If you're not feeling well, "take the higher road," he said, "and maybe not attend every event or really honestly self-assess."

Performance artist Franzia Kafka showed up to the 2018 Up Your Alley as a sexy Mr. Monopoly but was asked to leave because political statements aren't allowed at the fair. Photo: Rick Gerharter  

Of course, it isn't all sex at Dore. There's the business of sex, too. There will be plenty of businesses and organizations there to sate fairgoers' desires. According to Folsom Street Event's list of exhibitors, visitors can expect to see booths from groups as diverse as Bitches Love Leather and PantherProwls, makers of all manner of leather gear and whips and floggers, to the Bare Chest Calendar guys and Bear Thug, designers and manufacturers of sexy underwear for hirsute gay, bi, and trans men.

There will also be plenty of groups to help people navigate their kinky life while maintaining their health: San Francisco Department of Public Health, Mission Neighborhood Health Center, UCSF Center for AIDS Prevention, and others will have booths at the fair.

For many, though, the event is just about getting out and seeing people.

AJ Huff, a queer man and local rubber enthusiast, and one of the organizers of the monthly pansexual event Rubber Ducky, said Dore is a chance to see folks and wear his gear out in public.

"Getting a chance to get out and see people I haven't seen in a while, and just socialize," he said. "Be in gear and meet some people."

Bob Goldfarb, a gay man and executive director of the Leather and LGBTQ Cultural District in which the annual fair takes place, said he's looking forward to seeing friends and meeting people, but the fair also presents an opportunity to promote the work of the leather district. The district will have a booth at the event.

"We want to get the word out about the district," he said, "provide education, and give people the opportunity to join and participate in whatever way they would like."

For those looking for particularly iconic San Francisco souvenirs, the leather district will be selling district branded pins as well as hankies in black, red, yellow, teal, navy blue, and gray, Goldfarb said.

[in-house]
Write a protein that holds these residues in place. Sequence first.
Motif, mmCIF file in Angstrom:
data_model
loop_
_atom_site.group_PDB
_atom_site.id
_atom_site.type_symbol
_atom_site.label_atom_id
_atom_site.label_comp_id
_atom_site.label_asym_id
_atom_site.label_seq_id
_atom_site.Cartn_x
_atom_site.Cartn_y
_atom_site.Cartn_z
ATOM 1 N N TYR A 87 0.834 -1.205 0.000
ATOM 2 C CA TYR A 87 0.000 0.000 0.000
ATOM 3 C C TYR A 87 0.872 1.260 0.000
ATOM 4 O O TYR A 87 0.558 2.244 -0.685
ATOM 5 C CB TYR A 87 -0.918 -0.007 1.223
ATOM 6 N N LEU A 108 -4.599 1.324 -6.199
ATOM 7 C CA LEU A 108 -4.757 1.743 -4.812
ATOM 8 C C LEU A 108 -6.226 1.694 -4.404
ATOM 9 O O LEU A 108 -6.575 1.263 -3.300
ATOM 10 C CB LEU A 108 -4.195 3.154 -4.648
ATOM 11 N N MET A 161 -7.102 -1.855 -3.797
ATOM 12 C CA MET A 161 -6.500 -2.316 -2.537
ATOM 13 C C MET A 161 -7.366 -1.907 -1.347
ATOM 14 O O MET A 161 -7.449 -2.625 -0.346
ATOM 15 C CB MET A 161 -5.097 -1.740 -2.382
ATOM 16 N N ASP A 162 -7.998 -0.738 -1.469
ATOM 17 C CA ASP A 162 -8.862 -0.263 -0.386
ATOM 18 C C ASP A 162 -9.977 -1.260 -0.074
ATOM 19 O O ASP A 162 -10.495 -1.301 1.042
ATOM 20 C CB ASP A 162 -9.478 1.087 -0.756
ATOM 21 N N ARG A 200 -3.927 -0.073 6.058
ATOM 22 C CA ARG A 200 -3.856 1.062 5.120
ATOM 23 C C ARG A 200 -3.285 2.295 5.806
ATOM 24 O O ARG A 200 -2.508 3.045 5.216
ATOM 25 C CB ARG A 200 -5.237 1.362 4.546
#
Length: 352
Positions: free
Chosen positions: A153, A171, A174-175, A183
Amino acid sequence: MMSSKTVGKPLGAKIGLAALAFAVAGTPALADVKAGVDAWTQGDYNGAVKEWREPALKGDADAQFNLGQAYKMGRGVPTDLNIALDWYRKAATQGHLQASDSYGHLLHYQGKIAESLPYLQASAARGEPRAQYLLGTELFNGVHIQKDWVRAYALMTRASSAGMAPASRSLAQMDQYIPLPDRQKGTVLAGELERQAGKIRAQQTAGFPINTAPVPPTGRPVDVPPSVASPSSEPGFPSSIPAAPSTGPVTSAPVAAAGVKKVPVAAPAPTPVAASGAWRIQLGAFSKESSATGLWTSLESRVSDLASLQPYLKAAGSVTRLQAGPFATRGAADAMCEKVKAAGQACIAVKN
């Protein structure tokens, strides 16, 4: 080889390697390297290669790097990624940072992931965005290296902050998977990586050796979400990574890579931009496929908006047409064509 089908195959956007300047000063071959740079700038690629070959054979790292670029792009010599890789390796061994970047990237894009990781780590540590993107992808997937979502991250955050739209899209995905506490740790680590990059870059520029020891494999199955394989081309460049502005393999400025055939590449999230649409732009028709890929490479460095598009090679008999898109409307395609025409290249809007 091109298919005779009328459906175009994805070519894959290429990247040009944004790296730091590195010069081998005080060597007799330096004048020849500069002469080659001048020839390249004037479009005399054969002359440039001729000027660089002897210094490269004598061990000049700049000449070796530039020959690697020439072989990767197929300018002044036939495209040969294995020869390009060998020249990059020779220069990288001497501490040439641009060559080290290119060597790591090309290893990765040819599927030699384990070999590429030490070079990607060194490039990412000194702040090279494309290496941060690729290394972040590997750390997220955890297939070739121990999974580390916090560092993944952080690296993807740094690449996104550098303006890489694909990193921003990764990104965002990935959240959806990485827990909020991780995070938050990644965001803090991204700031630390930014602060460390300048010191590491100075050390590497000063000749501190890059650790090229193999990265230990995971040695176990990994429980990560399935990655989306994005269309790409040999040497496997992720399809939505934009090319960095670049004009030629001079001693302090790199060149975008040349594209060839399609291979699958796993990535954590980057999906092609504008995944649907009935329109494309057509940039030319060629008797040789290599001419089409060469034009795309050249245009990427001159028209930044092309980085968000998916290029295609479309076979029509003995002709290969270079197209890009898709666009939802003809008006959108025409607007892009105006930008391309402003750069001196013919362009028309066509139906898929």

While they won't have an official presence at the fair, the men of Onyx, a national organization for men of color who love leather, will be hanging out on Dore Alley itself, just outside the Powerhouse Bar, said San Francisco chapter president, Graylin Thornton. That's where he intends to be, smoking a cigar, he added.

Onyx members will hold their monthly bar night the Saturday night before, also at the Powerhouse, from 6 to 9 p.m. The San Francisco chapter threw its first play party back in May, selling 167 tickets, and has another planned for September, Thornton said.

The 15 Association, that leather and kink stalwart, will be back with its popular outdoor play space, according to the club's president, Christopher Wood, a gay man.

"We will have crosses, bondage tables, and benches for fair attendees to use. It is also a great place to meet other players from newbies to experts," Wood said. "The night before, The 15 hosts its men's play party at Transform1060."

Speaking of Transform1060, the play space has a lineup of events, Wood added, starting on Thursday, July 28, with a men's kink party called Unleashed. The following day, July 29, there will be a newer party, Lust, that "centers on queer kinksters of all gender identities." On Sunday, the day of the fair, CumUnion will hold their own men's play party at the venue.

Up Your Alley runs from 11 a.m. to 6 p.m., Sunday, July 31. For more information, visit the event organizer's website.

For information and resources about monkeypox, check out https://sf.gov/information/monkeypox or https://www.mpox.tips/practical-advice